On Thursday, two Senate priority bills were passed through the Senate Education Committee, setting them up for possible passage before the end of the first week of session.
Lawmakers on the committee passed both Senate Bill 8, dealing with tribunal reform, and Senate Bill 3 which makes changes to the site-based school councils and gives superintendents more authority in hiring principals.
Testifying on House Bill 8, bill sponsor Sen. Steve West said the legislation makes changes to the current tribunal structure by ensuring one of the members of the council is an attorney trained in education law.
West said the bill will help professionalize Kentucky’s tribunal system to help school districts deal with ineffective or insubordinate employees while protecting teachers’ due process.
SB 8 also limits tribunal decisions to upholding or overturning the decision of the superintendent.
In discussing the bill, West said there are very few cases in Kentucky that end up in front of a tribunal and added that shows the cases that do end up there are often extremely egregious and need to be handled in a timely and professional manner.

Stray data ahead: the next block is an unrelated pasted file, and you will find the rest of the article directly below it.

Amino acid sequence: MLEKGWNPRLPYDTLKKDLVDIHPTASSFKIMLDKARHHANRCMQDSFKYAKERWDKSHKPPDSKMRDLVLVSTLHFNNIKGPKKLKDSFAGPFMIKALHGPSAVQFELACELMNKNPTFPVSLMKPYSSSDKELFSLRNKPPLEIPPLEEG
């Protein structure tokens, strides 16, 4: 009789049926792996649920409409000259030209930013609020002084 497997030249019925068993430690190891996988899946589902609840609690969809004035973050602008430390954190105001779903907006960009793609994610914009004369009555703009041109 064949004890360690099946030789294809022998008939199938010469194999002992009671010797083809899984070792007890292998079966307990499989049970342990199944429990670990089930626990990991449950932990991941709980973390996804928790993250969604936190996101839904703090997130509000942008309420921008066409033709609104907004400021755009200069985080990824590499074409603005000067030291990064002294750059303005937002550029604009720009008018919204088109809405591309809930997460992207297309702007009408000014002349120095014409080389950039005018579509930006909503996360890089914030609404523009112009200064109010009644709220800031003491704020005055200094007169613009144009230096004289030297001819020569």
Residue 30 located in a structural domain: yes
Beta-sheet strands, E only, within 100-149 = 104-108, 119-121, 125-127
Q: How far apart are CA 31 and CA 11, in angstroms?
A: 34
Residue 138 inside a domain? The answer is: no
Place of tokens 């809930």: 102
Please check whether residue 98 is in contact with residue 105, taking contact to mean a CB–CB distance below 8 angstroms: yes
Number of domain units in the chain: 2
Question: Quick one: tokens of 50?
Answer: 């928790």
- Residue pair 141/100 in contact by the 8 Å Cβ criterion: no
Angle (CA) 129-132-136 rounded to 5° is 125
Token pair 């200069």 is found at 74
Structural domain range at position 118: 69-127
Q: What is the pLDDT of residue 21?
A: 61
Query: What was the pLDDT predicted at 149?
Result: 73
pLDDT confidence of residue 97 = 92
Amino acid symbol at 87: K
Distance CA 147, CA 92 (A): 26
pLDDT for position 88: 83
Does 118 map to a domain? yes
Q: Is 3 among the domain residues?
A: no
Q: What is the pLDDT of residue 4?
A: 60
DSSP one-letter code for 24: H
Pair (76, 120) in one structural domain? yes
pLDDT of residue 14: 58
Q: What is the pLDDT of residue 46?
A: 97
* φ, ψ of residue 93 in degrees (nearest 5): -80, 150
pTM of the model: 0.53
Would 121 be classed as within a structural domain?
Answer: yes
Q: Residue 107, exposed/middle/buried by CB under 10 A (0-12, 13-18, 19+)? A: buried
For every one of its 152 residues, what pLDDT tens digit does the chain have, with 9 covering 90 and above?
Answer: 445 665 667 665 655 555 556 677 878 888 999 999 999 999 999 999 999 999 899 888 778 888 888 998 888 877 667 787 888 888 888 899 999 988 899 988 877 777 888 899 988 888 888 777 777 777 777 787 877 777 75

Dr. Houston Barber, superintendent of Franklin Independent Schools, testified in favor of the bill and stated he believes it streamlines the process while also setting up a fair system that protects both teachers and students.
Kentucky Chamber Director of Political Affairs Travis Burton also testified on the bill adding the support of Kentucky’s business community. Burton said a strong education system is vital to a quality workforce and Senate Bill 8 will help ensure there is an effective teacher in every Kentucky classroom.
Education Commissioner Wayne Lewis stated it is important to put Kentucky students first in every decision made about education and added having this type of fair process in place to remove an ineffective teacher does just that.
Senate Bill 3, sponsored by Sen. John Schickel, also passed through the committee on Thursday. SB3 gives superintendents hiring authority of principals and also equalizes the number of parents and teachers on school councils.
Currently, the councils have three teachers and two parents along with a principal. The bill proposes taking one of the teachers off the council to give parents a more equal voice in the decision-making process.
Both SB 3 and SB 8 now move to the floor for a vote by the full Senate.
The Senate also introduced an education bill as their top priority in the first week, filing a long-awaited school safety bill as Senate Bill 1.
The school safety measure seeks to provide more school resource officers and mental health professionals in schools, create a new position of a “state school security marshal,” require certain personnel to have annual active shooter training, and explicitly criminalize threats and hoaxes made toward schools as second-degree terroristic threatening, among other things. Read more about the legislation here.